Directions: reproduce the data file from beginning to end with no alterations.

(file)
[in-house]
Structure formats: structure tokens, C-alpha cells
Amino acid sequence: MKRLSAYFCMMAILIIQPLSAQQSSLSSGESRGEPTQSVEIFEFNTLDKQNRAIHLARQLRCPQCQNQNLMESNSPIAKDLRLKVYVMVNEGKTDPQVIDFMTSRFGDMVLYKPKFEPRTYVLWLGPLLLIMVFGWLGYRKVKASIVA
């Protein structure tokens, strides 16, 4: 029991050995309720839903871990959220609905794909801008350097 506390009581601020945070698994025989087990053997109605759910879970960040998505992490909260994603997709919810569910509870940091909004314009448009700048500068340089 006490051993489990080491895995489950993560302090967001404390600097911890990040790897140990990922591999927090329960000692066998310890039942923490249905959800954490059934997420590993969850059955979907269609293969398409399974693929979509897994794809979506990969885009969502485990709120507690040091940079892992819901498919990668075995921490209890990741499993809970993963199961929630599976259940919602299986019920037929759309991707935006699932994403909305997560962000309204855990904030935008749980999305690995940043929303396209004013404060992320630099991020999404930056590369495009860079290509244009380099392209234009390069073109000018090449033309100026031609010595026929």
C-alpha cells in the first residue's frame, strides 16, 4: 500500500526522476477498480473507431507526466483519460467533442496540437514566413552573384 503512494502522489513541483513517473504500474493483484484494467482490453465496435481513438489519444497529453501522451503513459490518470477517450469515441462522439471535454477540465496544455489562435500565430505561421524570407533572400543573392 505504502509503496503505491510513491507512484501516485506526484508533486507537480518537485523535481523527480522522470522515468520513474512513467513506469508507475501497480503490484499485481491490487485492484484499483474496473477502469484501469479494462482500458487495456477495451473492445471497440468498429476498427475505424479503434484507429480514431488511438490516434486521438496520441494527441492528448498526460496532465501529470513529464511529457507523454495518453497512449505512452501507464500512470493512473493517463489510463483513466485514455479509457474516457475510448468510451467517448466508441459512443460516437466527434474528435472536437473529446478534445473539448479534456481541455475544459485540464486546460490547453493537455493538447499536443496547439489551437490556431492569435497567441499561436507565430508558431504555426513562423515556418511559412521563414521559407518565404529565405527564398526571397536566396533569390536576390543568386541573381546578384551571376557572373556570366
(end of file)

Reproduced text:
[in-house]
Structure formats: structure tokens, C-alpha cells
Amino acid sequence: MKRLSAYFCMMAILIIQPLSAQQSSLSSGESRGEPTQSVEIFEFNTLDKQNRAIHLARQLRCPQCQNQNLMESNSPIAKDLRLKVYVMVNEGKTDPQVIDFMTSRFGDMVLYKPKFEPRTYVLWLGPLLLIMVFGWLGYRKVKASIVA
């Protein structure tokens, strides 16, 4: 029991050995309720839903871990959220609905794909801008350097 506390009581601020945070698994025989087990053997109605759910879970960040998505992490909260994603997709919810569910509870940091909004314009448009700048500068340089 006490051993489990080491895995489950993560302090967001404390600097911890990040790897140990990922591999927090329960000692066998310890039942923490249905959800954490059934997420590993969850059955979907269609293969398409399974693929979509897994794809979506990969885009969502485990709120507690040091940079892992819901498919990668075995921490209890990741499993809970993963199961929630599976259940919602299986019920037929759309991707935006699932994403909305997560962000309204855990904030935008749980999305690995940043929303396209004013404060992320630099991020999404930056590369495009860079290509244009380099392209234009390069073109000018090449033309100026031609010595026929």
C-alpha cells in the first residue's frame, strides 16, 4: 500500500526522476477498480473507431507526466483519460467533442496540437514566413552573384 503512494502522489513541483513517473504500474493483484484494467482490453465496435481513438489519444497529453501522451503513459490518470477517450469515441462522439471535454477540465496544455489562435500565430505561421524570407533572400543573392 505504502509503496503505491510513491507512484501516485506526484508533486507537480518537485523535481523527480522522470522515468520513474512513467513506469508507475501497480503490484499485481491490487485492484484499483474496473477502469484501469479494462482500458487495456477495451473492445471497440468498429476498427475505424479503434484507429480514431488511438490516434486521438496520441494527441492528448498526460496532465501529470513529464511529457507523454495518453497512449505512452501507464500512470493512473493517463489510463483513466485514455479509457474516457475510448468510451467517448466508441459512443460516437466527434474528435472536437473529446478534445473539448479534456481541455475544459485540464486546460490547453493537455493538447499536443496547439489551437490556431492569435497567441499561436507565430508558431504555426513562423515556418511559412521563414521559407518565404529565405527564398526571397536566396533569390536576390543568386541573381546578384551571376557572373556570366